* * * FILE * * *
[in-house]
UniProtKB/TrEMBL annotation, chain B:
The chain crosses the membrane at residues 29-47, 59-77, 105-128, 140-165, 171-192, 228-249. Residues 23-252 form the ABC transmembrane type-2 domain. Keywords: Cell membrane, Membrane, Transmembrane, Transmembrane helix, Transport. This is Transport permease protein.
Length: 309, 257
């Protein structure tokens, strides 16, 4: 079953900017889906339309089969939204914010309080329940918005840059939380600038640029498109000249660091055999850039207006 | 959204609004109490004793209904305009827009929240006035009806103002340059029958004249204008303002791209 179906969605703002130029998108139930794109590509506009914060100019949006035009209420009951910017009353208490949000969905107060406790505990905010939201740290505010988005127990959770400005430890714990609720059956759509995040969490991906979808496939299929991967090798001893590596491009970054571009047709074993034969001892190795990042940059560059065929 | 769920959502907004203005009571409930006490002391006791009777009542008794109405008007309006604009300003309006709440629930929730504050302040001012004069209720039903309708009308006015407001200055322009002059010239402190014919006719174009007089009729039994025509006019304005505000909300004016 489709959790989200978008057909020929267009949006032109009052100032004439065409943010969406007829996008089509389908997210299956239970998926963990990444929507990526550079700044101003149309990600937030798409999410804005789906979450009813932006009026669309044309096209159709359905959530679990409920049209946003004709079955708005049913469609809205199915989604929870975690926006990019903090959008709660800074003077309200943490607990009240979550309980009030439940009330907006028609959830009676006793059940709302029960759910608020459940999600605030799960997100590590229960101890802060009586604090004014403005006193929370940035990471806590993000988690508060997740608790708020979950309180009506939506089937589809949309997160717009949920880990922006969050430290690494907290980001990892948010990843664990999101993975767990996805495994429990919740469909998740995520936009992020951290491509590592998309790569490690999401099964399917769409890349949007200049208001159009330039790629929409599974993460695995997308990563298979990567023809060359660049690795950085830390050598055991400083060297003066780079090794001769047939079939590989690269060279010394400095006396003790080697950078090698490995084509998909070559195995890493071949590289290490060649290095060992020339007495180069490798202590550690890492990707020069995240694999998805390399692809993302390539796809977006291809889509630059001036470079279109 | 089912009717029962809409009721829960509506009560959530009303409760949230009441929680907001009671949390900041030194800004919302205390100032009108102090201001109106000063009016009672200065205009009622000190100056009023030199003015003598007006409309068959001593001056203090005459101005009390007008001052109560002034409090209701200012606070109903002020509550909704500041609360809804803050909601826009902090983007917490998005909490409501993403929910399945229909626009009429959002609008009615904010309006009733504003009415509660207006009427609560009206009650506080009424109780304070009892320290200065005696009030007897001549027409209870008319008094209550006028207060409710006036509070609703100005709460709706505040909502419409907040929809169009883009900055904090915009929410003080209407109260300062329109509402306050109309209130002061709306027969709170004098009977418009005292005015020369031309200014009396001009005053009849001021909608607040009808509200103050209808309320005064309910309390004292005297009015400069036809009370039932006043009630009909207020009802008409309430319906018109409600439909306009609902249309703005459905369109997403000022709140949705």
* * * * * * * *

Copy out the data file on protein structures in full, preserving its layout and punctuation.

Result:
[in-house]
UniProtKB/TrEMBL annotation, chain B:
The chain crosses the membrane at residues 29-47, 59-77, 105-128, 140-165, 171-192, 228-249. Residues 23-252 form the ABC transmembrane type-2 domain. Keywords: Cell membrane, Membrane, Transmembrane, Transmembrane helix, Transport. This is Transport permease protein.
Length: 309, 257
């Protein structure tokens, strides 16, 4: 079953900017889906339309089969939204914010309080329940918005840059939380600038640029498109000249660091055999850039207006 | 959204609004109490004793209904305009827009929240006035009806103002340059029958004249204008303002791209 179906969605703002130029998108139930794109590509506009914060100019949006035009209420009951910017009353208490949000969905107060406790505990905010939201740290505010988005127990959770400005430890714990609720059956759509995040969490991906979808496939299929991967090798001893590596491009970054571009047709074993034969001892190795990042940059560059065929 | 769920959502907004203005009571409930006490002391006791009777009542008794109405008007309006604009300003309006709440629930929730504050302040001012004069209720039903309708009308006015407001200055322009002059010239402190014919006719174009007089009729039994025509006019304005505000909300004016 489709959790989200978008057909020929267009949006032109009052100032004439065409943010969406007829996008089509389908997210299956239970998926963990990444929507990526550079700044101003149309990600937030798409999410804005789906979450009813932006009026669309044309096209159709359905959530679990409920049209946003004709079955708005049913469609809205199915989604929870975690926006990019903090959008709660800074003077309200943490607990009240979550309980009030439940009330907006028609959830009676006793059940709302029960759910608020459940999600605030799960997100590590229960101890802060009586604090004014403005006193929370940035990471806590993000988690508060997740608790708020979950309180009506939506089937589809949309997160717009949920880990922006969050430290690494907290980001990892948010990843664990999101993975767990996805495994429990919740469909998740995520936009992020951290491509590592998309790569490690999401099964399917769409890349949007200049208001159009330039790629929409599974993460695995997308990563298979990567023809060359660049690795950085830390050598055991400083060297003066780079090794001769047939079939590989690269060279010394400095006396003790080697950078090698490995084509998909070559195995890493071949590289290490060649290095060992020339007495180069490798202590550690890492990707020069995240694999998805390399692809993302390539796809977006291809889509630059001036470079279109 | 089912009717029962809409009721829960509506009560959530009303409760949230009441929680907001009671949390900041030194800004919302205390100032009108102090201001109106000063009016009672200065205009009622000190100056009023030199003015003598007006409309068959001593001056203090005459101005009390007008001052109560002034409090209701200012606070109903002020509550909704500041609360809804803050909601826009902090983007917490998005909490409501993403929910399945229909626009009429959002609008009615904010309006009733504003009415509660207006009427609560009206009650506080009424109780304070009892320290200065005696009030007897001549027409209870008319008094209550006028207060409710006036509070609703100005709460709706505040909502419409907040929809169009883009900055904090915009929410003080209407109260300062329109509402306050109309209130002061709306027969709170004098009977418009005292005015020369031309200014009396001009005053009849001021909608607040009808509200103050209808309320005064309910309390004292005297009015400069036809009370039932006043009630009909207020009802008409309430319906018109409600439909306009609902249309703005459905369109997403000022709140949705």